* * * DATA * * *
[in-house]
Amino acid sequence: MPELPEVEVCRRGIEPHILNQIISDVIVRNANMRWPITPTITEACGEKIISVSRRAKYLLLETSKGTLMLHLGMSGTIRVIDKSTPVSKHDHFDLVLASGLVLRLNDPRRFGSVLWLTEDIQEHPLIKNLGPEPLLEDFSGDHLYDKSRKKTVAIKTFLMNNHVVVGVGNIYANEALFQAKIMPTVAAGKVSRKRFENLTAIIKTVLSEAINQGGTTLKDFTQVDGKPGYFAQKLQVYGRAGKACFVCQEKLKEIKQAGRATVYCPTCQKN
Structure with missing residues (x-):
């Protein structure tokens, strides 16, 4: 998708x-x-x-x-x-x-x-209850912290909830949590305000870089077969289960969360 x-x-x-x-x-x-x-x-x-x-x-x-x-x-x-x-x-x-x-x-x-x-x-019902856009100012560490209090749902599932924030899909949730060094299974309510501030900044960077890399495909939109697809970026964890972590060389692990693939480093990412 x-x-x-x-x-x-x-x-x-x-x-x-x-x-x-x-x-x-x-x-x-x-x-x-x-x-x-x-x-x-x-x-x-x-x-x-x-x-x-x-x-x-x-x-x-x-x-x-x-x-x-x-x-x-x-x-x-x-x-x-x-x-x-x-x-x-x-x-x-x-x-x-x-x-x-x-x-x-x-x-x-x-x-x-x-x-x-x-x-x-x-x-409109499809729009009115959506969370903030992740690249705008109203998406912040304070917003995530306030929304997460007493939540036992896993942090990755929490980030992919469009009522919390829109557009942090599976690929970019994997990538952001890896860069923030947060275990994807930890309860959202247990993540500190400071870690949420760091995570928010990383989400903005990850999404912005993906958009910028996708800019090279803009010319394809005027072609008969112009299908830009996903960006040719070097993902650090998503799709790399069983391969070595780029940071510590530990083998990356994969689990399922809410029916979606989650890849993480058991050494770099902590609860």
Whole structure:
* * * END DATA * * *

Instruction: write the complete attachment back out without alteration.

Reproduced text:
[in-house]
Amino acid sequence: MPELPEVEVCRRGIEPHILNQIISDVIVRNANMRWPITPTITEACGEKIISVSRRAKYLLLETSKGTLMLHLGMSGTIRVIDKSTPVSKHDHFDLVLASGLVLRLNDPRRFGSVLWLTEDIQEHPLIKNLGPEPLLEDFSGDHLYDKSRKKTVAIKTFLMNNHVVVGVGNIYANEALFQAKIMPTVAAGKVSRKRFENLTAIIKTVLSEAINQGGTTLKDFTQVDGKPGYFAQKLQVYGRAGKACFVCQEKLKEIKQAGRATVYCPTCQKN
Structure with missing residues (x-):
């Protein structure tokens, strides 16, 4: 998708x-x-x-x-x-x-x-209850912290909830949590305000870089077969289960969360 x-x-x-x-x-x-x-x-x-x-x-x-x-x-x-x-x-x-x-x-x-x-x-019902856009100012560490209090749902599932924030899909949730060094299974309510501030900044960077890399495909939109697809970026964890972590060389692990693939480093990412 x-x-x-x-x-x-x-x-x-x-x-x-x-x-x-x-x-x-x-x-x-x-x-x-x-x-x-x-x-x-x-x-x-x-x-x-x-x-x-x-x-x-x-x-x-x-x-x-x-x-x-x-x-x-x-x-x-x-x-x-x-x-x-x-x-x-x-x-x-x-x-x-x-x-x-x-x-x-x-x-x-x-x-x-x-x-x-x-x-x-x-x-409109499809729009009115959506969370903030992740690249705008109203998406912040304070917003995530306030929304997460007493939540036992896993942090990755929490980030992919469009009522919390829109557009942090599976690929970019994997990538952001890896860069923030947060275990994807930890309860959202247990993540500190400071870690949420760091995570928010990383989400903005990850999404912005993906958009910028996708800019090279803009010319394809005027072609008969112009299908830009996903960006040719070097993902650090998503799709790399069983391969070595780029940071510590530990083998990356994969689990399922809410029916979606989650890849993480058991050494770099902590609860």
Whole structure: